Penn State Department of Entomology shared:
Inorganic materials such as silica gel, boric acid, and diatomaceous earth will provide long-term control, provided they are used in an environment with low humidity. These inorganic materials have very low repellency, a long residual life, and can provide good control if thoroughly applied to cracks and crevices. [source]
When bugs walk through the powder, it adheres to their legs to be carried into their hiding places and spread among the other bugs. The bugs will take this natural insect killer deep into very hard to reach areas. Once there, it keeps on killing off bedbugs at a steady rate. In fact, with patience and diligence, you could eradicate 80 percent of all bed bugs in about a month and a half.
Bedbug Control Video From Purdue University
How To Prevent Bed Bug Infestations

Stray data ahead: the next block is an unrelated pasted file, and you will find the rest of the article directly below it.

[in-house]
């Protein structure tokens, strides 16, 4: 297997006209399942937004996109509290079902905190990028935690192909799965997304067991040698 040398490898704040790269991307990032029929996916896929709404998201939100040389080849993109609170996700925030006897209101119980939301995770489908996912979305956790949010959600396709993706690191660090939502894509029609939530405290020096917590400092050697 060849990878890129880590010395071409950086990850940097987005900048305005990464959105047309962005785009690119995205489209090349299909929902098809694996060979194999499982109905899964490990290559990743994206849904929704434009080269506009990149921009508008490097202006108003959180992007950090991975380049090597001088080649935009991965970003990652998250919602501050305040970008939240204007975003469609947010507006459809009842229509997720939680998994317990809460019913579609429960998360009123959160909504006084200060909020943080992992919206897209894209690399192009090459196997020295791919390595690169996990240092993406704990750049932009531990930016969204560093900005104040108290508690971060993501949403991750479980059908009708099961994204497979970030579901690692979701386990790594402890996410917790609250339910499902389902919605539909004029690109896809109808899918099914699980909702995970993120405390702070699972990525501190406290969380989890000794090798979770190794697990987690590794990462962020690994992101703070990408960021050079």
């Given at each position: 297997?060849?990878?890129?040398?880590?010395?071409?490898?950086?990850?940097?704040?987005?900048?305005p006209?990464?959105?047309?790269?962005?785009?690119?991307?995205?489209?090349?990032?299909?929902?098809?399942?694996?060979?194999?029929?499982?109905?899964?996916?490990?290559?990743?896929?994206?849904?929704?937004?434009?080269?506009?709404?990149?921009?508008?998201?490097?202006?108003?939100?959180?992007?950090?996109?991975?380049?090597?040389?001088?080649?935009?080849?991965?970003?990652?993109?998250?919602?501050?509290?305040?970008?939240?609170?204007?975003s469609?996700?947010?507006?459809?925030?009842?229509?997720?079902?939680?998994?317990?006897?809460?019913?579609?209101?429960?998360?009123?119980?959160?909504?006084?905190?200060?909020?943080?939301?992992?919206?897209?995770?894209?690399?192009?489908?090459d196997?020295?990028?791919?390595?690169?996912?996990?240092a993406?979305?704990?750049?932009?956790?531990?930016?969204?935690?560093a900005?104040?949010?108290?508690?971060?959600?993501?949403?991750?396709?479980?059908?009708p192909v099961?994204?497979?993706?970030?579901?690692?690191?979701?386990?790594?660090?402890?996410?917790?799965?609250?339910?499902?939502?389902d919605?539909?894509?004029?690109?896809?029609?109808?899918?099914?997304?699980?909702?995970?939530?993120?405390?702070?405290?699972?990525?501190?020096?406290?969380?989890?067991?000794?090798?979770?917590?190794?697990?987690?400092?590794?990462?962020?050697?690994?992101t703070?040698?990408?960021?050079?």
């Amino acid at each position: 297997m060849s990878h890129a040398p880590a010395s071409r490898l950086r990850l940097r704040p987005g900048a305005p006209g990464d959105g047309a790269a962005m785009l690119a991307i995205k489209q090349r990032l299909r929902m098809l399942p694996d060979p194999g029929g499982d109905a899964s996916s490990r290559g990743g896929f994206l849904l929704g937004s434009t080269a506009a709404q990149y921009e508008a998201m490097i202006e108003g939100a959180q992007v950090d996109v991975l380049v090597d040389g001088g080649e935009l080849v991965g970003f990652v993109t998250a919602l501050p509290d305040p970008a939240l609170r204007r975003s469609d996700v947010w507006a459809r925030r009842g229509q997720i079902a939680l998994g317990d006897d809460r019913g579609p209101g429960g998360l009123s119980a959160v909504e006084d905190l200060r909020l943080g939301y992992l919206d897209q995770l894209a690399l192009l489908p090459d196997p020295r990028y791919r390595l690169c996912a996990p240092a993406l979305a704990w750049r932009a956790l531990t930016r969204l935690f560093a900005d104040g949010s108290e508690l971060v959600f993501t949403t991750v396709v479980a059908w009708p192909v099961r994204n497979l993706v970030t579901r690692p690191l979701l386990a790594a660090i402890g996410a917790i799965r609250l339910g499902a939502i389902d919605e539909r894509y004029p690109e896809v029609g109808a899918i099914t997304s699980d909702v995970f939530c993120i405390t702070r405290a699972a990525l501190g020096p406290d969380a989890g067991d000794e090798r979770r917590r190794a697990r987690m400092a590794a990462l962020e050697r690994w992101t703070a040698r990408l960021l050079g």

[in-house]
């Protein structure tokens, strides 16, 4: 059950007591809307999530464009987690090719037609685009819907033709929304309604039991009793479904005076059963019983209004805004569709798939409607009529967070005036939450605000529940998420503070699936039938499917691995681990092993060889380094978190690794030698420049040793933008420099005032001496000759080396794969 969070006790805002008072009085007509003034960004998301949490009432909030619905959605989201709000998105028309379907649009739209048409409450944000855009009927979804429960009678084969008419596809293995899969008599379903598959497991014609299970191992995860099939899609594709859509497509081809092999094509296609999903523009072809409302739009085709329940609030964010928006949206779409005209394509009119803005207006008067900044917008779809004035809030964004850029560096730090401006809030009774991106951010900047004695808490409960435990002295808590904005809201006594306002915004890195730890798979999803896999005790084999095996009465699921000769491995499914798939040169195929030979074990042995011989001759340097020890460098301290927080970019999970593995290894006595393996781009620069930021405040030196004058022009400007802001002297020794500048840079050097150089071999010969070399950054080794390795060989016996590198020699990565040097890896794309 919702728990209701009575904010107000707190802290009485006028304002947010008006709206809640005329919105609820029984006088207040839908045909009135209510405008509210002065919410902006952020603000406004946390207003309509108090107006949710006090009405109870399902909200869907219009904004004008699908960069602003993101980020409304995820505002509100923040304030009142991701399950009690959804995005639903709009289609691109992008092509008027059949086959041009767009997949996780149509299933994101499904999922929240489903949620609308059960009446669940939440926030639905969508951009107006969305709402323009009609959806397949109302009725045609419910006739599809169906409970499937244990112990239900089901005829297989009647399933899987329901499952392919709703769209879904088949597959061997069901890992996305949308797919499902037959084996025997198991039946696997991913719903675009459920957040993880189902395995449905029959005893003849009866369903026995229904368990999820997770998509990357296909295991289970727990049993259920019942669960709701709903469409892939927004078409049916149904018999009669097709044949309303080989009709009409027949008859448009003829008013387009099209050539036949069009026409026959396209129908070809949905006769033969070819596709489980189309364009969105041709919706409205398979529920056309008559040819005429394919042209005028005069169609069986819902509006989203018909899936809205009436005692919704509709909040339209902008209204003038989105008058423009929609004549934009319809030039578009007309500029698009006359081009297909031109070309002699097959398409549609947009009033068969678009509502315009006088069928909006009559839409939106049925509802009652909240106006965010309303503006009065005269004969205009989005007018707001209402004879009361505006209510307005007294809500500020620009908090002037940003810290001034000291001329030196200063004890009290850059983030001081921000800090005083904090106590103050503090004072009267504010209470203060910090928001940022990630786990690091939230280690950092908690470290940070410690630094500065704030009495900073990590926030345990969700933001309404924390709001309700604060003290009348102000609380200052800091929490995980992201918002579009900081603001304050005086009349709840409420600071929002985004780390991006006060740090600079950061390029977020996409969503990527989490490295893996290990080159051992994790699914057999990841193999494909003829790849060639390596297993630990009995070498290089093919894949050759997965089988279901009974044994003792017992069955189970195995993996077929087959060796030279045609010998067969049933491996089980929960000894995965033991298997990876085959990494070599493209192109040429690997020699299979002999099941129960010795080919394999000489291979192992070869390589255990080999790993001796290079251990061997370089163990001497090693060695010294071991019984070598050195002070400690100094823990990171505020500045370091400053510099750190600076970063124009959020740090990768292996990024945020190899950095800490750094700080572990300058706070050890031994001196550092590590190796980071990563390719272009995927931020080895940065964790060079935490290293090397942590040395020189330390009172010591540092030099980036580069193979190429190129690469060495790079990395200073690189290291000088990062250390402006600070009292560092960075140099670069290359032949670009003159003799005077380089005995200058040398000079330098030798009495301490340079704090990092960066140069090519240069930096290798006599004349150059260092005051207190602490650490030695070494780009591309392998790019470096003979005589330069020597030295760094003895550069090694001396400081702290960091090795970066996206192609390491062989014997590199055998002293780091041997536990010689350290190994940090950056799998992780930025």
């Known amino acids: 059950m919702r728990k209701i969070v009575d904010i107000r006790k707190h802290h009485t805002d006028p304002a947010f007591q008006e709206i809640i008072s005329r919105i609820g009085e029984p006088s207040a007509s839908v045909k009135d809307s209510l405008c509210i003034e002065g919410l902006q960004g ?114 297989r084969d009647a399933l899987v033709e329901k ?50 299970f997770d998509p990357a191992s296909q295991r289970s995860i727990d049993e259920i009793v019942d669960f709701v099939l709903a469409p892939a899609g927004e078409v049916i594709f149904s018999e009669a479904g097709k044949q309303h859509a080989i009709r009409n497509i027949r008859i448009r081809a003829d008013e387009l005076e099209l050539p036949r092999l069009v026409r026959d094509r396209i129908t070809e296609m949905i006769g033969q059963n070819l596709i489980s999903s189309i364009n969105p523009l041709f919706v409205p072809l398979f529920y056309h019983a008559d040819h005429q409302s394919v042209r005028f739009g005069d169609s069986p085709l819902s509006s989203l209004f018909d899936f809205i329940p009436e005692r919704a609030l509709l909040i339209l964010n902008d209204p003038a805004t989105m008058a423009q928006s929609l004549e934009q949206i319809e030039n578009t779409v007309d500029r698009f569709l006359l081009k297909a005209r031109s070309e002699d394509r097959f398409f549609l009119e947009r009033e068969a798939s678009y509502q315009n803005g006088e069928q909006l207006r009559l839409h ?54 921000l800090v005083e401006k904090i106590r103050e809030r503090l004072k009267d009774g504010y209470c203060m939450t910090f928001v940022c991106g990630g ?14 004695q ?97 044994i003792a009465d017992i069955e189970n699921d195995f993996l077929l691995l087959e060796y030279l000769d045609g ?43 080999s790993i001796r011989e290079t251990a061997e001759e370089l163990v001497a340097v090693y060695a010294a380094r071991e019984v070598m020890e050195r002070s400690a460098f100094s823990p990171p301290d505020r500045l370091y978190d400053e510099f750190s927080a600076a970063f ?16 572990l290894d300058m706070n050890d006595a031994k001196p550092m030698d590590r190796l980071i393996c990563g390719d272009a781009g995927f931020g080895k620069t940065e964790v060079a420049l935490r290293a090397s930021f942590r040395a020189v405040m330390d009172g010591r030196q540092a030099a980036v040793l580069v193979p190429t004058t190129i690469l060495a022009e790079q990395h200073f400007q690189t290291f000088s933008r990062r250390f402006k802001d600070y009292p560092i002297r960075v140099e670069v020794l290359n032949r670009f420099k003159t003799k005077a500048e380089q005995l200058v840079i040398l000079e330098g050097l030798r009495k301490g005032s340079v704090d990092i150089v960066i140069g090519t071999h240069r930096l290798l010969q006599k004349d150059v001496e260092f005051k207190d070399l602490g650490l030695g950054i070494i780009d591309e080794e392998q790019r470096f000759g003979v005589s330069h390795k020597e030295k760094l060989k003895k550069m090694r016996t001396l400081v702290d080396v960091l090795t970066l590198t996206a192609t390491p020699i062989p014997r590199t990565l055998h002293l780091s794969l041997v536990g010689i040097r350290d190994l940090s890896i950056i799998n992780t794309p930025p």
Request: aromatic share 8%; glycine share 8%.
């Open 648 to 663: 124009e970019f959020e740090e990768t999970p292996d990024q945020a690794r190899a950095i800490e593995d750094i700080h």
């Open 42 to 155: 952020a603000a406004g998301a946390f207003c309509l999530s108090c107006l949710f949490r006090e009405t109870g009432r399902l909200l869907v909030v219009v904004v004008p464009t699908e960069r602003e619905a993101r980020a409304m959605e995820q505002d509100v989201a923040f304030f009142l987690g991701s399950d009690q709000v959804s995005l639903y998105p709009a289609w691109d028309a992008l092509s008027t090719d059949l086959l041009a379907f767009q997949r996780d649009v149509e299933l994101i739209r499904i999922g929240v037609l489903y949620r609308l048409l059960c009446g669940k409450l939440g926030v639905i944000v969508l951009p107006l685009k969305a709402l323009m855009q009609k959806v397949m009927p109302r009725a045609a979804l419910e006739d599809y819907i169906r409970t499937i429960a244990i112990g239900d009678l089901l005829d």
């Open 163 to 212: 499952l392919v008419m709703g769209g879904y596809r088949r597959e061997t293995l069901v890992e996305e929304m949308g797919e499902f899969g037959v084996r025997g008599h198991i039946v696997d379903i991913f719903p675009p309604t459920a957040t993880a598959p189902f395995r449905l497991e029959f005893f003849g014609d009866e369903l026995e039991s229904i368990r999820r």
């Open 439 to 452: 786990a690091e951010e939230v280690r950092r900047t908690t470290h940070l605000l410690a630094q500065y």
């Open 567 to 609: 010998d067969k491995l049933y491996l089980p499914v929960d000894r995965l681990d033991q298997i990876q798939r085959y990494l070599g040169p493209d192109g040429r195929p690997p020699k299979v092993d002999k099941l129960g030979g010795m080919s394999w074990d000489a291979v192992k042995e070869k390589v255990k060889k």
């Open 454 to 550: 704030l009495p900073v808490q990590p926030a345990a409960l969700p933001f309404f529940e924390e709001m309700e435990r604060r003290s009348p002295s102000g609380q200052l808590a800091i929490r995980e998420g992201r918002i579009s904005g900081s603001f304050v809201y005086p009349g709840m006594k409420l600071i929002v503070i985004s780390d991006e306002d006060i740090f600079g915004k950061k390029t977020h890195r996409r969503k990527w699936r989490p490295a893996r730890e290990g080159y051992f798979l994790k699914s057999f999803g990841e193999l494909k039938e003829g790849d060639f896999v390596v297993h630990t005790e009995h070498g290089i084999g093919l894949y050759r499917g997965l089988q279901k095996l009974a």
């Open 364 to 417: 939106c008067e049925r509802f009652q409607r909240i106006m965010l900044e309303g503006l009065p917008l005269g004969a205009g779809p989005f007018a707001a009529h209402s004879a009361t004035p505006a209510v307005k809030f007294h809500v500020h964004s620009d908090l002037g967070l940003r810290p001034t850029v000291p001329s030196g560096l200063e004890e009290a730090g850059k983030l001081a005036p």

Even if you do not have a bedbug infestation now, following the steps outlined here is a good idea. By keeping your home scrupulously clean and disrupting potential bedbug habitat on a regular basis, you can completely prevent infestation. Follow these steps on a regular, ongoing basis to prevent infestation or re-infestation.
1. Check your mattresses and soft furnishings frequently for signs of infestation such as dark spots or actual bedbugs in the seams.
2. Vacuum frequently and thoroughly.
3. Whenever you take a trip, be sure to examine your luggage and vacuum it thoroughly before bringing it into the house. Wash all of the clothing and other soft items you may have taken on your trip.